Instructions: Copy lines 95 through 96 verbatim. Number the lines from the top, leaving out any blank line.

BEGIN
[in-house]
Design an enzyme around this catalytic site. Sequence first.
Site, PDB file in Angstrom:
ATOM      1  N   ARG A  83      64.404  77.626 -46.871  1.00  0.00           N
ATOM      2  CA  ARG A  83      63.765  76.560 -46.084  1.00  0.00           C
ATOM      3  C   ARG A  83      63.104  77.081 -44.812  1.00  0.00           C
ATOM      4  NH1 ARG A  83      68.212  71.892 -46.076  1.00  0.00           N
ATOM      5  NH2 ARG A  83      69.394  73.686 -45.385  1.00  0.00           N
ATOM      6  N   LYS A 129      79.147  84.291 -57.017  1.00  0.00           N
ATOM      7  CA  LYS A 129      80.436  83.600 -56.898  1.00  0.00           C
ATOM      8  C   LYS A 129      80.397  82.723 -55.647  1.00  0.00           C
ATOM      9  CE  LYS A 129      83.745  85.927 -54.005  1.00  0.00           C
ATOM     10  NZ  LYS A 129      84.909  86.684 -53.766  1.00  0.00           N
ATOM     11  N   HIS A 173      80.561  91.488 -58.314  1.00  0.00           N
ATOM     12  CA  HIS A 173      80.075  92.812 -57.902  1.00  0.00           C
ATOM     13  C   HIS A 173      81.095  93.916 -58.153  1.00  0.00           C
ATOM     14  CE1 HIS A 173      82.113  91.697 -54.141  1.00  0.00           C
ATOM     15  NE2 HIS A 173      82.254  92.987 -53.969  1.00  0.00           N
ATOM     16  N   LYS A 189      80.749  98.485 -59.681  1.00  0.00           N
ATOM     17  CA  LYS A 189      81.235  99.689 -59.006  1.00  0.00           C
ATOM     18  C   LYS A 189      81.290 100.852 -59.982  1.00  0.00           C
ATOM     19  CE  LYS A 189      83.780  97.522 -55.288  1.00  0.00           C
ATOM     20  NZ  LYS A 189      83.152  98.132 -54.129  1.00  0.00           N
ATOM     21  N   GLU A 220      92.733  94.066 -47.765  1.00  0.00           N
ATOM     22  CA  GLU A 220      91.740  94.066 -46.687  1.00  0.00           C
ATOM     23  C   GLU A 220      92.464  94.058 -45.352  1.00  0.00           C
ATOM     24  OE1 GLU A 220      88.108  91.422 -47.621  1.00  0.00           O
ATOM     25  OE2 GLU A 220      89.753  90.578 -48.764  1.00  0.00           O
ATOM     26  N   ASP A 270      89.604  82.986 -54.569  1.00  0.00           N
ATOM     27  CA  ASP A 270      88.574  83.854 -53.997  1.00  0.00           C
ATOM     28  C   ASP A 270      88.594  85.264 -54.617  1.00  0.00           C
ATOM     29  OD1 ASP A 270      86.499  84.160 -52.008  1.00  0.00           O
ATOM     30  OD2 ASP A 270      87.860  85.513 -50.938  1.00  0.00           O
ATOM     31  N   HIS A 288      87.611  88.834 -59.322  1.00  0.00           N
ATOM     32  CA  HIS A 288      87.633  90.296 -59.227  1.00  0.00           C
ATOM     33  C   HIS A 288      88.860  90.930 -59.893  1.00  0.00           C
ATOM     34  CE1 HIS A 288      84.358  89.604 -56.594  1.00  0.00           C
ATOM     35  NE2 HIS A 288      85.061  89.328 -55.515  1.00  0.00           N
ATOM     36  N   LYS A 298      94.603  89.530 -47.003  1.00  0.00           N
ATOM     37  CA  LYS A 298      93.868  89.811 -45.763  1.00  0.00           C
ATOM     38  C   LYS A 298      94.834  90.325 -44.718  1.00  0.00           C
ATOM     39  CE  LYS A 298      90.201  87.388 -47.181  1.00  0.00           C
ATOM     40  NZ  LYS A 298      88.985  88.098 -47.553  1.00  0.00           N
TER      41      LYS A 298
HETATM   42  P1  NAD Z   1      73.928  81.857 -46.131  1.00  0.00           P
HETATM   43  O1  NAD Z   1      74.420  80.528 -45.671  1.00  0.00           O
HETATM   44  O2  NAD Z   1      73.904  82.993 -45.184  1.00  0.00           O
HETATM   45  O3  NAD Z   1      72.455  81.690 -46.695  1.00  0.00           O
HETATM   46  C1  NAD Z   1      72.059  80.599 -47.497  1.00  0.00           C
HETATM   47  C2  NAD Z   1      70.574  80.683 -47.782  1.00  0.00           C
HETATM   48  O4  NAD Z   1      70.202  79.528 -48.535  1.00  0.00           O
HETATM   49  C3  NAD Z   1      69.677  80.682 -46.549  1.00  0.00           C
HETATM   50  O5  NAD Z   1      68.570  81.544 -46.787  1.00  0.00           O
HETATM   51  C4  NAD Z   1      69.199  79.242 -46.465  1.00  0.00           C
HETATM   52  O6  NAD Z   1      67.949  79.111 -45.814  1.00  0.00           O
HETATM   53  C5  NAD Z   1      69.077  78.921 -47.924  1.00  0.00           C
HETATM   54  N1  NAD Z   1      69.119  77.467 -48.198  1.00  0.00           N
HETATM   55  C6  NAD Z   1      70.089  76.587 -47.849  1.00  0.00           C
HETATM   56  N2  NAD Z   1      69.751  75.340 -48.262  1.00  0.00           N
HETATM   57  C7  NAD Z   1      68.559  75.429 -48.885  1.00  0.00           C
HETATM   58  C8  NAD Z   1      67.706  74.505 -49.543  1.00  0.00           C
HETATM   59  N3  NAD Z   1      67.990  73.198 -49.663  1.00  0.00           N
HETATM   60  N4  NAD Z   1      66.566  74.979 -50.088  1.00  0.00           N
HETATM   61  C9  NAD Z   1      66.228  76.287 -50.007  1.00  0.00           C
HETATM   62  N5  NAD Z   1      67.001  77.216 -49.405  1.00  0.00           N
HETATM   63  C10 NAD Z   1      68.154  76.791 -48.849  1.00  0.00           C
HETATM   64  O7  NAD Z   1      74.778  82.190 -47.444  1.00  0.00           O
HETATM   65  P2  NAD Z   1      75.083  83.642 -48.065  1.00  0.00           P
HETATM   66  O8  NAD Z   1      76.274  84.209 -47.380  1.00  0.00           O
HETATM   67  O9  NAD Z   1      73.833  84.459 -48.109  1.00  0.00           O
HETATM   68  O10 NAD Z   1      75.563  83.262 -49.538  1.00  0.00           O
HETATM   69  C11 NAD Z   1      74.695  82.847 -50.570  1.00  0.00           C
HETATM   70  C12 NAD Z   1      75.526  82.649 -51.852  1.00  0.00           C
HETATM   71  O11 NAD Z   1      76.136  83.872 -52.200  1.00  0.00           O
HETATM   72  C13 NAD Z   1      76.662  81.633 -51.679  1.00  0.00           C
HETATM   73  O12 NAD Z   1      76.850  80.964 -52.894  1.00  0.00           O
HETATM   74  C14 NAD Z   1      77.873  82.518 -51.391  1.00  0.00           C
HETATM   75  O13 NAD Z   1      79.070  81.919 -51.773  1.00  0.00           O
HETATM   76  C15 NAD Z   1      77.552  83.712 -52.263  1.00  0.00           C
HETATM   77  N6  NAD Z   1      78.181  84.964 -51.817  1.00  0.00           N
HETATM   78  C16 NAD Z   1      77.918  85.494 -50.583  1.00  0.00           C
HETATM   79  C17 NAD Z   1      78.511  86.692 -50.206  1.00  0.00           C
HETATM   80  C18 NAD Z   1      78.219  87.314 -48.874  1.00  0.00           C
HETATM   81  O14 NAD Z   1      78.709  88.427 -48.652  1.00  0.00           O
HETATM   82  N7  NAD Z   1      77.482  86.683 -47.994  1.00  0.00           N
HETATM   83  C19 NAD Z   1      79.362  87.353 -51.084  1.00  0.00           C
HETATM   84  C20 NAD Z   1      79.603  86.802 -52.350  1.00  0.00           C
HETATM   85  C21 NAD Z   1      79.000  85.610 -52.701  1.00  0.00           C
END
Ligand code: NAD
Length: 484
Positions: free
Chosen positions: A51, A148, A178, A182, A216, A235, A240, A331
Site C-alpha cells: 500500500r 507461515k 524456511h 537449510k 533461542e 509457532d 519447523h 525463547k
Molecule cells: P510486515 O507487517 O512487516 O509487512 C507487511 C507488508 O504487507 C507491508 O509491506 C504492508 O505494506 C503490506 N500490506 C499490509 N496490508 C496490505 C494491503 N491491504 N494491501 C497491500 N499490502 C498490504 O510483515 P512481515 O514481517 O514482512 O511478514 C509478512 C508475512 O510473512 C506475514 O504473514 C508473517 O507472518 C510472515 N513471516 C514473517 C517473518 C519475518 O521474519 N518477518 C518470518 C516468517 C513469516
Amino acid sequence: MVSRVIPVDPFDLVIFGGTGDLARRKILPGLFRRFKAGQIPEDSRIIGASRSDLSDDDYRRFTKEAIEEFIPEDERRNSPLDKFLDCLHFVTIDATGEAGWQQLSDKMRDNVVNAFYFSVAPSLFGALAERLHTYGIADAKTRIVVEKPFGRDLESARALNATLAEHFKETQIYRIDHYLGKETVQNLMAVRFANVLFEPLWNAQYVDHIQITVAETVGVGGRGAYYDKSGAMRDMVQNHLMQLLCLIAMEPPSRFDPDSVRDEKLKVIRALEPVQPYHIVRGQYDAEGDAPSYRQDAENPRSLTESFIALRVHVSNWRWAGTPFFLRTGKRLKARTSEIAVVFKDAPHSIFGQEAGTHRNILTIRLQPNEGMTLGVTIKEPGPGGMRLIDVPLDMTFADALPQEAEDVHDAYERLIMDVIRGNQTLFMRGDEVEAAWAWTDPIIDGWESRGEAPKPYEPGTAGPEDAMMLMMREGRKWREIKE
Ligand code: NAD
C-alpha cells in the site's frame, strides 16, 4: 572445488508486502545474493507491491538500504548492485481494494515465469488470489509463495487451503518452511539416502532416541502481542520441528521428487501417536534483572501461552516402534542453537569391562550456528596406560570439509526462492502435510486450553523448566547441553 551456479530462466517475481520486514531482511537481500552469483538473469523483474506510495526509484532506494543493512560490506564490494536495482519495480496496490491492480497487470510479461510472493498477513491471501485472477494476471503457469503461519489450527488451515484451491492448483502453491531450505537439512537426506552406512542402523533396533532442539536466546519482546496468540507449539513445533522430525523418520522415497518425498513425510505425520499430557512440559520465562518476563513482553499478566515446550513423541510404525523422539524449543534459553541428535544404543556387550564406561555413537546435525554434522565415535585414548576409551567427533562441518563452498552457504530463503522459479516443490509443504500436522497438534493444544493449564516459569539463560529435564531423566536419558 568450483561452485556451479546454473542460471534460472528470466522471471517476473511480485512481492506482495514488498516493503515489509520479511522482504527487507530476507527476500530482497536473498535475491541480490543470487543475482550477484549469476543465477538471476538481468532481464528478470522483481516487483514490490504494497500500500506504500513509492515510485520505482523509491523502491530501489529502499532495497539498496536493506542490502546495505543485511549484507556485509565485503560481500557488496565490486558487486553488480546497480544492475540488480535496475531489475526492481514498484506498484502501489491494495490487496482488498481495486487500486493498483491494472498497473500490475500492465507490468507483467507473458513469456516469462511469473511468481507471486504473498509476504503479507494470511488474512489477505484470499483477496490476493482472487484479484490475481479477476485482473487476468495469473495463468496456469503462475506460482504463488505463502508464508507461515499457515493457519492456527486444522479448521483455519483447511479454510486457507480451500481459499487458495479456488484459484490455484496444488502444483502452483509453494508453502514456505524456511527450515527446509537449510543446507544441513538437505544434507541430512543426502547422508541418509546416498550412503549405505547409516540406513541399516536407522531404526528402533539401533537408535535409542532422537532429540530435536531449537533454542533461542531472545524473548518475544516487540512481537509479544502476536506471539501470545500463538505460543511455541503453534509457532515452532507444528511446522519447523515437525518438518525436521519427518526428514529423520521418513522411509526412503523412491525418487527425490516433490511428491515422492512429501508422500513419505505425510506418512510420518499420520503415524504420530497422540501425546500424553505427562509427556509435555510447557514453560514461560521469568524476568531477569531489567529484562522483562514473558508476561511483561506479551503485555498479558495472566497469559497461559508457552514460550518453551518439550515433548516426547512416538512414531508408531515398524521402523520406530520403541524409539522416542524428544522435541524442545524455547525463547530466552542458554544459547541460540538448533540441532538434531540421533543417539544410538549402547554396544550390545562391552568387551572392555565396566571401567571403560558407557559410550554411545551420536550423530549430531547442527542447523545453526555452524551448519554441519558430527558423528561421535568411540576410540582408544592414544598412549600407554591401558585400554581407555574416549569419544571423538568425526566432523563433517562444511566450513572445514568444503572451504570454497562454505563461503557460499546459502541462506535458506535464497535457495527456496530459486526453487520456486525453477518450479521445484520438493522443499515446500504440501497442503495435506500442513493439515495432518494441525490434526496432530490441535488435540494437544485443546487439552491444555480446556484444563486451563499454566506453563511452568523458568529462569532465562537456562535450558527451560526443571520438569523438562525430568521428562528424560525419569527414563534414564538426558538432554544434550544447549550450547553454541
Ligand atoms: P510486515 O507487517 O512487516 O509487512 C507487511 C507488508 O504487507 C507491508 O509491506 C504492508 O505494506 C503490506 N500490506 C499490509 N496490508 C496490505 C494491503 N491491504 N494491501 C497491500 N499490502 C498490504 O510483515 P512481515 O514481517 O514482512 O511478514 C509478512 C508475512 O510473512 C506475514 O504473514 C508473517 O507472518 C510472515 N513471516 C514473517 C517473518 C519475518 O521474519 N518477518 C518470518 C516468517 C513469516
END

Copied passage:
Molecule cells: P510486515 O507487517 O512487516 O509487512 C507487511 C507488508 O504487507 C507491508 O509491506 C504492508 O505494506 C503490506 N500490506 C499490509 N496490508 C496490505 C494491503 N491491504 N494491501 C497491500 N499490502 C498490504 O510483515 P512481515 O514481517 O514482512 O511478514 C509478512 C508475512 O510473512 C506475514 O504473514 C508473517 O507472518 C510472515 N513471516 C514473517 C517473518 C519475518 O521474519 N518477518 C518470518 C516468517 C513469516
Amino acid sequence: MVSRVIPVDPFDLVIFGGTGDLARRKILPGLFRRFKAGQIPEDSRIIGASRSDLSDDDYRRFTKEAIEEFIPEDERRNSPLDKFLDCLHFVTIDATGEAGWQQLSDKMRDNVVNAFYFSVAPSLFGALAERLHTYGIADAKTRIVVEKPFGRDLESARALNATLAEHFKETQIYRIDHYLGKETVQNLMAVRFANVLFEPLWNAQYVDHIQITVAETVGVGGRGAYYDKSGAMRDMVQNHLMQLLCLIAMEPPSRFDPDSVRDEKLKVIRALEPVQPYHIVRGQYDAEGDAPSYRQDAENPRSLTESFIALRVHVSNWRWAGTPFFLRTGKRLKARTSEIAVVFKDAPHSIFGQEAGTHRNILTIRLQPNEGMTLGVTIKEPGPGGMRLIDVPLDMTFADALPQEAEDVHDAYERLIMDVIRGNQTLFMRGDEVEAAWAWTDPIIDGWESRGEAPKPYEPGTAGPEDAMMLMMREGRKWREIKE